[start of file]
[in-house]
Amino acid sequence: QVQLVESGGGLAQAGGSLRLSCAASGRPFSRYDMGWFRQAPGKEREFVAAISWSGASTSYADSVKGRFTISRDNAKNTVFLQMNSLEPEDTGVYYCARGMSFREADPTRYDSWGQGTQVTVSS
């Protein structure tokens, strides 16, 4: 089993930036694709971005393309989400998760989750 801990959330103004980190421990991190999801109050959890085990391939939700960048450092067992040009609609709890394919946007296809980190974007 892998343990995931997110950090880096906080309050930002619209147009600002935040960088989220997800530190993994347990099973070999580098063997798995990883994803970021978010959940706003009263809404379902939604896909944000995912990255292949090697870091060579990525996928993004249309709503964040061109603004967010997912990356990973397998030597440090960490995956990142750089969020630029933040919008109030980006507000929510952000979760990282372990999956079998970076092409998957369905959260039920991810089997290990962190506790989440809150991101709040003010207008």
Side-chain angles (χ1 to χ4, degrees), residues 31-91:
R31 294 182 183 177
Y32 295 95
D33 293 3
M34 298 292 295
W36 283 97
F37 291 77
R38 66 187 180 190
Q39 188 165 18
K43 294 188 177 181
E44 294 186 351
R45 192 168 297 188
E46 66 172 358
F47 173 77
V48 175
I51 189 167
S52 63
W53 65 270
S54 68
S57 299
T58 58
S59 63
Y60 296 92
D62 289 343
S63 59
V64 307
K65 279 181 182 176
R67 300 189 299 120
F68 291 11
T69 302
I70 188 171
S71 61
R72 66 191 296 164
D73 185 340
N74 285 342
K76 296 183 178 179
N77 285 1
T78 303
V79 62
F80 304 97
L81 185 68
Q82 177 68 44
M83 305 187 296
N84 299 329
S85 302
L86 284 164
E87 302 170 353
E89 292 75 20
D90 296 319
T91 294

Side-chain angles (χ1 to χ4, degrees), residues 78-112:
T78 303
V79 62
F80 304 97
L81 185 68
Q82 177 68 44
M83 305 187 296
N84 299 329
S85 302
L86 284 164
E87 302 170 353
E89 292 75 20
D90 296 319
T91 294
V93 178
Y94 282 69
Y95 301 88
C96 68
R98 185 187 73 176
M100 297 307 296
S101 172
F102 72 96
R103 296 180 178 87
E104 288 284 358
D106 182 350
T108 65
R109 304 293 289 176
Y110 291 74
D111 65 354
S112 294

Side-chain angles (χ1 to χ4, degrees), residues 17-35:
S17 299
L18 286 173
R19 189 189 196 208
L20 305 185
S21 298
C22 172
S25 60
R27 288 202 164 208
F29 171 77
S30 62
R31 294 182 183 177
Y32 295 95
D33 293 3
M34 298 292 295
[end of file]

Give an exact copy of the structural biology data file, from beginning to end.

[in-house]
Amino acid sequence: QVQLVESGGGLAQAGGSLRLSCAASGRPFSRYDMGWFRQAPGKEREFVAAISWSGASTSYADSVKGRFTISRDNAKNTVFLQMNSLEPEDTGVYYCARGMSFREADPTRYDSWGQGTQVTVSS
């Protein structure tokens, strides 16, 4: 089993930036694709971005393309989400998760989750 801990959330103004980190421990991190999801109050959890085990391939939700960048450092067992040009609609709890394919946007296809980190974007 892998343990995931997110950090880096906080309050930002619209147009600002935040960088989220997800530190993994347990099973070999580098063997798995990883994803970021978010959940706003009263809404379902939604896909944000995912990255292949090697870091060579990525996928993004249309709503964040061109603004967010997912990356990973397998030597440090960490995956990142750089969020630029933040919008109030980006507000929510952000979760990282372990999956079998970076092409998957369905959260039920991810089997290990962190506790989440809150991101709040003010207008």
Side-chain angles (χ1 to χ4, degrees), residues 31-91:
R31 294 182 183 177
Y32 295 95
D33 293 3
M34 298 292 295
W36 283 97
F37 291 77
R38 66 187 180 190
Q39 188 165 18
K43 294 188 177 181
E44 294 186 351
R45 192 168 297 188
E46 66 172 358
F47 173 77
V48 175
I51 189 167
S52 63
W53 65 270
S54 68
S57 299
T58 58
S59 63
Y60 296 92
D62 289 343
S63 59
V64 307
K65 279 181 182 176
R67 300 189 299 120
F68 291 11
T69 302
I70 188 171
S71 61
R72 66 191 296 164
D73 185 340
N74 285 342
K76 296 183 178 179
N77 285 1
T78 303
V79 62
F80 304 97
L81 185 68
Q82 177 68 44
M83 305 187 296
N84 299 329
S85 302
L86 284 164
E87 302 170 353
E89 292 75 20
D90 296 319
T91 294

Side-chain angles (χ1 to χ4, degrees), residues 78-112:
T78 303
V79 62
F80 304 97
L81 185 68
Q82 177 68 44
M83 305 187 296
N84 299 329
S85 302
L86 284 164
E87 302 170 353
E89 292 75 20
D90 296 319
T91 294
V93 178
Y94 282 69
Y95 301 88
C96 68
R98 185 187 73 176
M100 297 307 296
S101 172
F102 72 96
R103 296 180 178 87
E104 288 284 358
D106 182 350
T108 65
R109 304 293 289 176
Y110 291 74
D111 65 354
S112 294

Side-chain angles (χ1 to χ4, degrees), residues 17-35:
S17 299
L18 286 173
R19 189 189 196 208
L20 305 185
S21 298
C22 172
S25 60
R27 288 202 164 208
F29 171 77
S30 62
R31 294 182 183 177
Y32 295 95
D33 293 3
M34 298 292 295